Chronic Diarrhea: Diagnosis and Management

Lawrence R. Schiller; Darrell S. Pardi; Joseph H. Sellin


Clin Gastroenterol Hepatol. 2017;15(2):182-193. 

In This Article

How Can Clinicians Distinguish Irritable Bowel Syndrome From Other Causes of Chronic Diarrhea?


4. The Rome criteria provide a framework for the diagnosis of IBS and emphasize pain. Other etiologies should be sought when these criteria are not met. (1a)

5. Patients without alarm features who meet criteria for IBS should be treated without further testing. Those who do not respond should be evaluated further. (2b)

Criteria have been proposed to distinguish IBS from organic diseases; however, the utility of these criteria is only partially understood at present.[3] The Rome criteria emphasize chronic abdominal pain that is relieved by defecation, associated with a change in stool frequency or consistency.[3] IBS with diarrhea is diagnosed in patients who meet these criteria and have loose stools more than 25% of the time and hard stools less than 25% of the time. The specificity of symptom-based criteria for the diagnosis of IBS versus other colonic pathology is only moderate (~75%),[7–9] but the incorporation of alarm features can improve specificity to ~90%.[9] However, the predictive value of symptoms in identifying organic disease is less than 10%.[10] The performance of symptom-based criteria was highly variable and might not be able to reliably distinguish IBS from other diseases.[8] Thus, symptoms may be more useful in identifying patients requiring additional evaluation than in identifying patients with organic illnesses.[11]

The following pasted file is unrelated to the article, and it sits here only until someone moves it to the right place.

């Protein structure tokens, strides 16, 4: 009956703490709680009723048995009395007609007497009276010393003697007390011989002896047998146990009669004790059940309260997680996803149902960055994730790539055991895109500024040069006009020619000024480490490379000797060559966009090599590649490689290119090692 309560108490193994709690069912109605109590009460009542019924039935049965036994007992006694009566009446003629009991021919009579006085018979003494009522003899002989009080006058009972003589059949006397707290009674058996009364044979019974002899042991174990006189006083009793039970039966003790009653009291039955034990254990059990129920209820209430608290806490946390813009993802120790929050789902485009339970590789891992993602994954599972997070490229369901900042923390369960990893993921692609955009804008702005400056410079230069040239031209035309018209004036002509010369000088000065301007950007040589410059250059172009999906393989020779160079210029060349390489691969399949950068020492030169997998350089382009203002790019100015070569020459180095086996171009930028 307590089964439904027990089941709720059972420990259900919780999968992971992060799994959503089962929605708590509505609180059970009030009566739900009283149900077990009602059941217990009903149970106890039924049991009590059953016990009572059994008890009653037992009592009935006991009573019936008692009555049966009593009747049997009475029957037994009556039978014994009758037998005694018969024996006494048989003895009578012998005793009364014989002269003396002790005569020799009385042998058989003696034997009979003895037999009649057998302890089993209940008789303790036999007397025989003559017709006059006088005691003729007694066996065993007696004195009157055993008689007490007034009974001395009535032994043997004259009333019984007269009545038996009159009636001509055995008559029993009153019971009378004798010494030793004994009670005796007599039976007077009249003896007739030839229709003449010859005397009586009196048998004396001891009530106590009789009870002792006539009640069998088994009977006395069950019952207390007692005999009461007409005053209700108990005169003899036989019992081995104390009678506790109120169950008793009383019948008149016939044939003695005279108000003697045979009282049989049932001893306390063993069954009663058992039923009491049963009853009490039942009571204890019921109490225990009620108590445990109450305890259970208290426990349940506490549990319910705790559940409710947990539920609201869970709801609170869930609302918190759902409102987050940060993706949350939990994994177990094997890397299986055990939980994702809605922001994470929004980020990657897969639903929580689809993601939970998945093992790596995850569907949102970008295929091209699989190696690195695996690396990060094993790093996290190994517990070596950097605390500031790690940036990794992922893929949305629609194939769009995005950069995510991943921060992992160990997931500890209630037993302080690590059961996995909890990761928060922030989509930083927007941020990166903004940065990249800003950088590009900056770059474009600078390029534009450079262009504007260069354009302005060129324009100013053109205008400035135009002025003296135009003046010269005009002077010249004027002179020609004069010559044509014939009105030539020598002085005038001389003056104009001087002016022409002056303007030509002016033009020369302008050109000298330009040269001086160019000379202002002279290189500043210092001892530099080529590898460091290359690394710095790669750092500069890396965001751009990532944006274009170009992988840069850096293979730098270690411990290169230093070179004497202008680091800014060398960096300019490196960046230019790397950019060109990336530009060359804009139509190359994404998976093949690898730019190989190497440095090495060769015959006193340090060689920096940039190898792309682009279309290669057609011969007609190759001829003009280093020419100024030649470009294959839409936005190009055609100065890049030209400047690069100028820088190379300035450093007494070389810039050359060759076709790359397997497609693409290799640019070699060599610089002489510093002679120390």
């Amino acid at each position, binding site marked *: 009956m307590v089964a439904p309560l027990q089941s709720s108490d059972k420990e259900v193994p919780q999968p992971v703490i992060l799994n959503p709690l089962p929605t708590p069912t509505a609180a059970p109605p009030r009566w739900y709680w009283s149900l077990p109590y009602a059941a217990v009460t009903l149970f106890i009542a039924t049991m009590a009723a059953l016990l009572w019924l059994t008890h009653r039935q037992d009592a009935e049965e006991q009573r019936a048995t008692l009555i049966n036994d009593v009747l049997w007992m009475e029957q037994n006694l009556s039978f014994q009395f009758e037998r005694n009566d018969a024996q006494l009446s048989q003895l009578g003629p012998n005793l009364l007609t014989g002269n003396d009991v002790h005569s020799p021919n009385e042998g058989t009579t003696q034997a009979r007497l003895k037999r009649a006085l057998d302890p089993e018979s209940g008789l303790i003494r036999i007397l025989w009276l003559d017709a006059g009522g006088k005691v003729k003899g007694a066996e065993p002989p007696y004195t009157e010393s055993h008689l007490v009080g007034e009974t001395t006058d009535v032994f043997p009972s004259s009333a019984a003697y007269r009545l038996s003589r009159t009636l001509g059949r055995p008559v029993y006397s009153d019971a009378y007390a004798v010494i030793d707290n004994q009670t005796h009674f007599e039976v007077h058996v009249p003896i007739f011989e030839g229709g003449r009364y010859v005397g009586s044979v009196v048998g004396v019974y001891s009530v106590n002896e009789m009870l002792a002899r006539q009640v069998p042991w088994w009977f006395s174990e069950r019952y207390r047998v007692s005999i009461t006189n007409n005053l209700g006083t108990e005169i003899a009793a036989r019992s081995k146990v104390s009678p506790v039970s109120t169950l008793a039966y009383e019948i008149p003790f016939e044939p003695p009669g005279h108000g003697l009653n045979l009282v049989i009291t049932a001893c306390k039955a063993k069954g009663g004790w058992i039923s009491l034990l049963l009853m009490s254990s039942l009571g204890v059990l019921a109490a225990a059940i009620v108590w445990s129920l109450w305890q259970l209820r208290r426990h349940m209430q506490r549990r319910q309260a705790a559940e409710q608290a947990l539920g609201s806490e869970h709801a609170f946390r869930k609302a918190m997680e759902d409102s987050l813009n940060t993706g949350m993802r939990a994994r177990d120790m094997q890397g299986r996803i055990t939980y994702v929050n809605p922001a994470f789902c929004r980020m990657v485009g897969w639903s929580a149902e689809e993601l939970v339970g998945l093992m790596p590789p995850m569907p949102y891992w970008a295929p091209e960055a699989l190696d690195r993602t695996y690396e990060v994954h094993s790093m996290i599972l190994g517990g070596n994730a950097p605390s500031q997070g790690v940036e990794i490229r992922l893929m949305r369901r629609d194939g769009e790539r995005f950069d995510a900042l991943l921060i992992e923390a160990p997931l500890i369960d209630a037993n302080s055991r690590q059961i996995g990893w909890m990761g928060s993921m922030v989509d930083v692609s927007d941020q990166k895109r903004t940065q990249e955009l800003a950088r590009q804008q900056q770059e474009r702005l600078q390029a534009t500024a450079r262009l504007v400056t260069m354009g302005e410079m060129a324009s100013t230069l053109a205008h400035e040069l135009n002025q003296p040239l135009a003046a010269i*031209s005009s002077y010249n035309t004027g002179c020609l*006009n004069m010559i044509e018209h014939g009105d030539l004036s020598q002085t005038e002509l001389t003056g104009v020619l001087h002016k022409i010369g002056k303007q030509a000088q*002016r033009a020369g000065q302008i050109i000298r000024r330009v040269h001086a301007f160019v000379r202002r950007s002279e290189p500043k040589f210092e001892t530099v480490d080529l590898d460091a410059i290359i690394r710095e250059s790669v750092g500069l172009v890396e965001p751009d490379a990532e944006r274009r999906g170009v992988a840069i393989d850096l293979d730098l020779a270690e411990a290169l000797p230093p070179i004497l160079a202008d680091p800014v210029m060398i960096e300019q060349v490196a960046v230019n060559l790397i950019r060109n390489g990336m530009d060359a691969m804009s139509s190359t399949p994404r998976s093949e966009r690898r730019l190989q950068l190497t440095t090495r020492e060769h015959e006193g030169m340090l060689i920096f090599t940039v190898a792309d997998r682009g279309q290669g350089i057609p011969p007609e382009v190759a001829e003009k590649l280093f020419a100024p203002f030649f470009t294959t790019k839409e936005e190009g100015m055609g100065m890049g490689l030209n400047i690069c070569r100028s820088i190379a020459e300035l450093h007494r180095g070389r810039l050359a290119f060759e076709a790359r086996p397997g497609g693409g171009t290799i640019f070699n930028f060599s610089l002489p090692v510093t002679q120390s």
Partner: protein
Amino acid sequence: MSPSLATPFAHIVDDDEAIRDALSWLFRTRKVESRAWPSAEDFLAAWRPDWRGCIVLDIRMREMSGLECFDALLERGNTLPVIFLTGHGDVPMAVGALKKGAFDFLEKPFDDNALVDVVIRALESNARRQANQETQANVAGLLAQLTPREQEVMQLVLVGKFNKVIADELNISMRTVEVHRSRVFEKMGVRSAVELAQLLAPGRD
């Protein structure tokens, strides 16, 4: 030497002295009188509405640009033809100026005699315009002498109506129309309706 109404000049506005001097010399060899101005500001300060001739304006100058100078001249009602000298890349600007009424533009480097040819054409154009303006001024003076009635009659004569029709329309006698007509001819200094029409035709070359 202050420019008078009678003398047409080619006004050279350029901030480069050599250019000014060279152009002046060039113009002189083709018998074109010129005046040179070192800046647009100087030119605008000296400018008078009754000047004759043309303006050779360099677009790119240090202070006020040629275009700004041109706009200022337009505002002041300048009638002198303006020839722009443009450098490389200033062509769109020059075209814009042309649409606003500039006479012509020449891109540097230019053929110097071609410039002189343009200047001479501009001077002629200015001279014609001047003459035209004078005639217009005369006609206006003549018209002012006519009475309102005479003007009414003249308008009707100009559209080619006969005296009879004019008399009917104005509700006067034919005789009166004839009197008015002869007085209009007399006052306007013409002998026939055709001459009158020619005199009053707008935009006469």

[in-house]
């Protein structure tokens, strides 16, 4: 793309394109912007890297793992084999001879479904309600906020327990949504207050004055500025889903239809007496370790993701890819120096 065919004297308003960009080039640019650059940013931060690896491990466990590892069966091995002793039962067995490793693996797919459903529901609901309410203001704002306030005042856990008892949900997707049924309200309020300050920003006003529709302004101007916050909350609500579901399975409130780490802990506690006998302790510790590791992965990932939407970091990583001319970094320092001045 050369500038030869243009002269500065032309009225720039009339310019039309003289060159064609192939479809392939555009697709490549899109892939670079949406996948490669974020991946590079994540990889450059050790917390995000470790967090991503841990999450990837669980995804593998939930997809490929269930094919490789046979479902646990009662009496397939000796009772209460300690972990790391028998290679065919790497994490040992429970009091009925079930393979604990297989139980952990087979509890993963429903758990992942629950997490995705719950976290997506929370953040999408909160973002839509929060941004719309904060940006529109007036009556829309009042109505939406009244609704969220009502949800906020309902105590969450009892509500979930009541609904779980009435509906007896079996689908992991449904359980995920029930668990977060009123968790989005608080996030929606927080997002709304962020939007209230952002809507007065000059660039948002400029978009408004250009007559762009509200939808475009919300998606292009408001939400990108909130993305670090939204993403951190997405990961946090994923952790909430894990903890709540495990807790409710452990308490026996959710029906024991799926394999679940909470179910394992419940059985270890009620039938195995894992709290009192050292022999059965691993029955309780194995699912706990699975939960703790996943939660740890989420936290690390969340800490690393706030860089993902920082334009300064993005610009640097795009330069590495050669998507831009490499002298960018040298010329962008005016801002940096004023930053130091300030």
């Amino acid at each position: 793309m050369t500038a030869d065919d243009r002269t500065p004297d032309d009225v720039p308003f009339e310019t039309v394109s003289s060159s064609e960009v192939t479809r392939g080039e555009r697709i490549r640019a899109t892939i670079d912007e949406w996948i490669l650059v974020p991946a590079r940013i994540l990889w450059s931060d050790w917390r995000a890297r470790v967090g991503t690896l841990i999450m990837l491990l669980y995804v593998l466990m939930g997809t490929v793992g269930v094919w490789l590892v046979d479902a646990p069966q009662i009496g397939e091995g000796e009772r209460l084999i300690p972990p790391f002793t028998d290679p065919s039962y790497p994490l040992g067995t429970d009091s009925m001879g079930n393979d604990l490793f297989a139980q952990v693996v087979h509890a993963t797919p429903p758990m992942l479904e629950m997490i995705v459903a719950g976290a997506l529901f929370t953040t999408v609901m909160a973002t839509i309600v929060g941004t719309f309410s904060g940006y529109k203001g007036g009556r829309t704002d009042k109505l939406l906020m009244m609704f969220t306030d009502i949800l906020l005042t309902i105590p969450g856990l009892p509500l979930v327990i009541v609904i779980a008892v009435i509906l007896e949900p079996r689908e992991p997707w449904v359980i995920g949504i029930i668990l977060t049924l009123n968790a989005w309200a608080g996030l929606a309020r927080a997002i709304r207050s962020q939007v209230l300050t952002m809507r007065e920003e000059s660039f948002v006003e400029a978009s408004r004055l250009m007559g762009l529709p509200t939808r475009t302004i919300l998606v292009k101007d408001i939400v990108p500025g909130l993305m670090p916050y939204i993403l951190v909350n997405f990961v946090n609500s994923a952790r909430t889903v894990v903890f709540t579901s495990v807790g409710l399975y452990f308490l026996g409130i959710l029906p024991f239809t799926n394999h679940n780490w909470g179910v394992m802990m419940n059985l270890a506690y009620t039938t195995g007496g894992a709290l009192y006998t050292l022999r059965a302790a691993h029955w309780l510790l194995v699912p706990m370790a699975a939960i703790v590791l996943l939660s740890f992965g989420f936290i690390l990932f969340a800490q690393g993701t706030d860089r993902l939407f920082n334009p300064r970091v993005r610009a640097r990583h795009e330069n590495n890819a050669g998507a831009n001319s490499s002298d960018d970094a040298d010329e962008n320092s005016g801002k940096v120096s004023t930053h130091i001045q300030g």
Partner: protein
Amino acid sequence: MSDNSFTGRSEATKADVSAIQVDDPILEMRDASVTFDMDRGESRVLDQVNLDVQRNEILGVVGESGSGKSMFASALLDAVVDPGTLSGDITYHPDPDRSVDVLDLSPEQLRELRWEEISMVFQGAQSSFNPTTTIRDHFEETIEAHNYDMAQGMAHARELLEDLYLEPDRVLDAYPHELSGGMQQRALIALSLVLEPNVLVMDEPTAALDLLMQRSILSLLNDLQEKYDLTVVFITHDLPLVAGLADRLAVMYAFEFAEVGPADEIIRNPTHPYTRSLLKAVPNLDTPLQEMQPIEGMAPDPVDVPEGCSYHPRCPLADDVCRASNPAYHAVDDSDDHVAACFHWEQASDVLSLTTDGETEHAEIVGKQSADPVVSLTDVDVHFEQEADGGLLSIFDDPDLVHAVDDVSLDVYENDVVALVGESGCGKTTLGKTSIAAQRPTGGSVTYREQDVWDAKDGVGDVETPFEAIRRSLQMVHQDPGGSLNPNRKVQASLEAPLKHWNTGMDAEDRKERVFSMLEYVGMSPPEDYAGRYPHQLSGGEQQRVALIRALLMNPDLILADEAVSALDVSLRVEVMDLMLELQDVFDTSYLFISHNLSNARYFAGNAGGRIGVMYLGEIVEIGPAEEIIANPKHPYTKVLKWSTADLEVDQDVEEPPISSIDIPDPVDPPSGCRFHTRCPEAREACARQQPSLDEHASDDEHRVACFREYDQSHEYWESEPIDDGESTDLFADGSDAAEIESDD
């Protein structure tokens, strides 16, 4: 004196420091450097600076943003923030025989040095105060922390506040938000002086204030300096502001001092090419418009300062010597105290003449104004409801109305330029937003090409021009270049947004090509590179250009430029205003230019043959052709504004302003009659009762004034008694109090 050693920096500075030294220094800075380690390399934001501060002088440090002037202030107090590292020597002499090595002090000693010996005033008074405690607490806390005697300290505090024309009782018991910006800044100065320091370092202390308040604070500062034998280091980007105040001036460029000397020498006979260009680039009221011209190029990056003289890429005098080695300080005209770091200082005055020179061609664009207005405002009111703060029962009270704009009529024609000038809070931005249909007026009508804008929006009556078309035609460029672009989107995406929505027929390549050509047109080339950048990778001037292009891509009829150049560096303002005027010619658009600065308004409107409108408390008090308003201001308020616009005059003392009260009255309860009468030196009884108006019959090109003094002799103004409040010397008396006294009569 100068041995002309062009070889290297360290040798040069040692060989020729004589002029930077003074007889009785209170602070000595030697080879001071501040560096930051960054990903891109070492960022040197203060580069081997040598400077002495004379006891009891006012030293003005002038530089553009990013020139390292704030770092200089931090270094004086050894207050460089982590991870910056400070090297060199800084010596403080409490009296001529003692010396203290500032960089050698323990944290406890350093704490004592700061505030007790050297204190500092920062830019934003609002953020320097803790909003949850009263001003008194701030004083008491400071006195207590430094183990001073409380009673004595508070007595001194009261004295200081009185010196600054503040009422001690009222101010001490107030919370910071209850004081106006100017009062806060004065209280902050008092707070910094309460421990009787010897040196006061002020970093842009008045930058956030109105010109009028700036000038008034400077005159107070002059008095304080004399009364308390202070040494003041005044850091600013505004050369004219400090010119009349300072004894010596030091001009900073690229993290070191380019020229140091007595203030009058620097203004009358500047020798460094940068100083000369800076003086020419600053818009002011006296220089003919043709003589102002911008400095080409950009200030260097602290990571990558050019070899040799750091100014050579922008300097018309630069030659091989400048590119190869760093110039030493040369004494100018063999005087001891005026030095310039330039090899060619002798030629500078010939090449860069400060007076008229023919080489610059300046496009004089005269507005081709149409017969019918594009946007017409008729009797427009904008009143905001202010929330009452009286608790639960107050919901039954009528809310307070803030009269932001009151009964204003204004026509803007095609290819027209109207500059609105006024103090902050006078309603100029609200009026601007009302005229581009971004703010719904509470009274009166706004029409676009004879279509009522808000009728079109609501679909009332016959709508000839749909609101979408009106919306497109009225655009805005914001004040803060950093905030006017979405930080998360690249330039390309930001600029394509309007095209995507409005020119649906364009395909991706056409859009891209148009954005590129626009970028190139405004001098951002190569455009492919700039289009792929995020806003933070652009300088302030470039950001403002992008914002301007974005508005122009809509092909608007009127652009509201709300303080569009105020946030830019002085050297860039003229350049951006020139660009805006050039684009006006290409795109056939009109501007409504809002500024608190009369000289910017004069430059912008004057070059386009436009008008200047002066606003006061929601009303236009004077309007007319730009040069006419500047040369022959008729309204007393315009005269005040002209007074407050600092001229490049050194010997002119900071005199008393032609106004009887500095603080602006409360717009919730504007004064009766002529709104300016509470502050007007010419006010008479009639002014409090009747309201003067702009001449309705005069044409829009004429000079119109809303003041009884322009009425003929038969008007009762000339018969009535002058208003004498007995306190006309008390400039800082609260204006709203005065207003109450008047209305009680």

Because functional diarrheal problems are so common, the pretest probability of organic disease is low, suggesting that an extensive diagnostic evaluation is not needed in most patients.[8,12]

Diagnostic tests such as radiography, serology, and biochemistries are generally not helpful in patients who meet criteria for IBS.[13,14] One area of uncertainty is testing for celiac disease (CD). One meta-analysis suggested that the prevalence of CD in patients meeting criteria for IBS was more than 4-fold that of controls without IBS,[15] whereas a more recent study showed no increased prevalence of CD in patients presenting with IBS.[16] Likewise, microscopic colitis may be present in 1.5%–10% of patients meeting criteria for IBS[17,18] and even higher in older patients. The yield of tests for small intestinal bacterial overgrowth (SIBO) is quite variable.[19]